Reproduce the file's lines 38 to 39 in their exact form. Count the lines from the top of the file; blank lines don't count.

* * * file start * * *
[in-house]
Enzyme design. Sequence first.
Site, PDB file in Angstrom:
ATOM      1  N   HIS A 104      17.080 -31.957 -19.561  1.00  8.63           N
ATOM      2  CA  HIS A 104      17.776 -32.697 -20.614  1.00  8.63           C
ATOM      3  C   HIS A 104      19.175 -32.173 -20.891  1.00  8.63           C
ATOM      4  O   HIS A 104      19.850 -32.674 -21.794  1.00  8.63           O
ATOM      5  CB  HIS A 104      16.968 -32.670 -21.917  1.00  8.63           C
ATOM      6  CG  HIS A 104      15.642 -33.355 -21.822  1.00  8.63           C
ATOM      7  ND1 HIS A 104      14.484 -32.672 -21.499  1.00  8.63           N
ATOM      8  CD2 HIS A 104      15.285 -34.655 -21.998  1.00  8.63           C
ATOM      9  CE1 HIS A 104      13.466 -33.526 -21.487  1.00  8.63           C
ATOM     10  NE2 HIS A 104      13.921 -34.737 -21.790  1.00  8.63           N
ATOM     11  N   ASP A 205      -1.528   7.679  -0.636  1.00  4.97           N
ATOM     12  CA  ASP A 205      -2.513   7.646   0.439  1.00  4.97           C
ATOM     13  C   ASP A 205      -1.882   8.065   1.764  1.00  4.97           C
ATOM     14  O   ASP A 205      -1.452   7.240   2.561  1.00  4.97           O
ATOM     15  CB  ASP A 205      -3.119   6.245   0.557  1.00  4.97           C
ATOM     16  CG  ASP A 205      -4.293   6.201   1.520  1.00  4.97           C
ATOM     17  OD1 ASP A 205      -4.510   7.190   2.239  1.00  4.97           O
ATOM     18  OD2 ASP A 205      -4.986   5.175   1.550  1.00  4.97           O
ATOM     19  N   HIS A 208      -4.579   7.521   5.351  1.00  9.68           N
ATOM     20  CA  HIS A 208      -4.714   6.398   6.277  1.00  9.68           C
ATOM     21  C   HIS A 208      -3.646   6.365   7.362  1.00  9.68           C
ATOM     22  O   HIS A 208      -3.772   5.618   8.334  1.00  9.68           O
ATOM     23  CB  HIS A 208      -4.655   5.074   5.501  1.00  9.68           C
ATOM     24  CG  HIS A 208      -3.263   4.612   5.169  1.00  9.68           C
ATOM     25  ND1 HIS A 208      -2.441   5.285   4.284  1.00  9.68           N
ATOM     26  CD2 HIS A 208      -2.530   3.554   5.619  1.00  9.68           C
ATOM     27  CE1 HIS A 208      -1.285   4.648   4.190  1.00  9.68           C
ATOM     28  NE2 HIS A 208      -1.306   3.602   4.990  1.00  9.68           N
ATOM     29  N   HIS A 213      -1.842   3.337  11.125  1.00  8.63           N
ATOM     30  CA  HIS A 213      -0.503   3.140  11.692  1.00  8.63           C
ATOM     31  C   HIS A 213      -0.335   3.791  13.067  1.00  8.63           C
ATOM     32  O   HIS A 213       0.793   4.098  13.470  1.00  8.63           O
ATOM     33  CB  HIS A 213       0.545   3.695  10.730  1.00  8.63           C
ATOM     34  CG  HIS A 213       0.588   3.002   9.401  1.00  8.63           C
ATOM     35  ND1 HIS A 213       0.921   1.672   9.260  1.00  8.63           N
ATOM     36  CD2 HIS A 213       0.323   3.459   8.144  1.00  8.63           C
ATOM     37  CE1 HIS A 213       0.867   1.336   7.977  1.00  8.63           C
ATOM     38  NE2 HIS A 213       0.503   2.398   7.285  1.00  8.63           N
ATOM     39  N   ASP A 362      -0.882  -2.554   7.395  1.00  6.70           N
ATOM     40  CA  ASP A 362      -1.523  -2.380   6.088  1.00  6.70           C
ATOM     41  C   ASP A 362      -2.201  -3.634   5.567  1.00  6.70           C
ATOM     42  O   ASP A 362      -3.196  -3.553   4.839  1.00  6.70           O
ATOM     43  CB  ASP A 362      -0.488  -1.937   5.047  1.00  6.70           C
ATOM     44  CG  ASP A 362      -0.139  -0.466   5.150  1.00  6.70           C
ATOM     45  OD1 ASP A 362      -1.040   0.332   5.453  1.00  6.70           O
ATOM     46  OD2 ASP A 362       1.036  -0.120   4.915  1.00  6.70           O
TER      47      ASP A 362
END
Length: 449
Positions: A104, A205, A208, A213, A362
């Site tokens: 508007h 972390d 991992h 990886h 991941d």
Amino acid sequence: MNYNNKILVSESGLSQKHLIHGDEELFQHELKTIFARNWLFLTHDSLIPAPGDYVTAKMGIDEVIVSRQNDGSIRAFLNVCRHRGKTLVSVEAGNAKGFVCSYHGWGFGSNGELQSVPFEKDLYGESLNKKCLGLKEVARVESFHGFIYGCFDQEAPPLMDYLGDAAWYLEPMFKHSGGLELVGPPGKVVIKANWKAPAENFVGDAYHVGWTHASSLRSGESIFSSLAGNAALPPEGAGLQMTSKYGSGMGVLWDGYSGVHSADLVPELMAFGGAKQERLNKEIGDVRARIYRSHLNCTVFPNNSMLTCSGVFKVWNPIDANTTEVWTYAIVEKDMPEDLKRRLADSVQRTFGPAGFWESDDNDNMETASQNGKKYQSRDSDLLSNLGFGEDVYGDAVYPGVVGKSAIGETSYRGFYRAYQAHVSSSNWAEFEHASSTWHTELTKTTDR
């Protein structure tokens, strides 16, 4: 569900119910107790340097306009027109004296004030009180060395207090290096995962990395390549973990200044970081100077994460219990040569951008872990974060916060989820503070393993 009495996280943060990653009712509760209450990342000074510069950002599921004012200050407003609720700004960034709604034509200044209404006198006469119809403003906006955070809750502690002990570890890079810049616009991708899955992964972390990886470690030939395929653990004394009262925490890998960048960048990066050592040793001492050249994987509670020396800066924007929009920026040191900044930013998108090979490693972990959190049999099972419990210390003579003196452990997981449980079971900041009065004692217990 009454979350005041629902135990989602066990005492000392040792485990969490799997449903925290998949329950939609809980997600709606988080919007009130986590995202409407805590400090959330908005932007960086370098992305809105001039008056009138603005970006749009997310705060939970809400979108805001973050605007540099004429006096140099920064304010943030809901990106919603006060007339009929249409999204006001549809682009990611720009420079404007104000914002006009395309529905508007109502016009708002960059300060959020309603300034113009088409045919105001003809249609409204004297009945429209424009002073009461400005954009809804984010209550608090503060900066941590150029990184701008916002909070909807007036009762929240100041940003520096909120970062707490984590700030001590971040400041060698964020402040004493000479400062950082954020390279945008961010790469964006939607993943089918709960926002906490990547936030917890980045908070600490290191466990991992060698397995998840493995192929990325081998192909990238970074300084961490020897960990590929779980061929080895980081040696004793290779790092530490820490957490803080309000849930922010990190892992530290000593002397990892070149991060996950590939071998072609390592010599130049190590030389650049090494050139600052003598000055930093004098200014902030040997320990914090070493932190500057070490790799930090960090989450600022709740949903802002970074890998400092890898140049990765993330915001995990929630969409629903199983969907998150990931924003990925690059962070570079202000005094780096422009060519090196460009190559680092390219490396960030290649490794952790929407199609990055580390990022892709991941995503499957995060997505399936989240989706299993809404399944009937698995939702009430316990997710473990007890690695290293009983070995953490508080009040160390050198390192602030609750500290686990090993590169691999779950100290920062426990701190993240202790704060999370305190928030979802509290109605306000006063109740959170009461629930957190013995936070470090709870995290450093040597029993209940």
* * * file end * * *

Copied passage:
ATOM     35  ND1 HIS A 213       0.921   1.672   9.260  1.00  8.63           N
ATOM     36  CD2 HIS A 213       0.323   3.459   8.144  1.00  8.63           C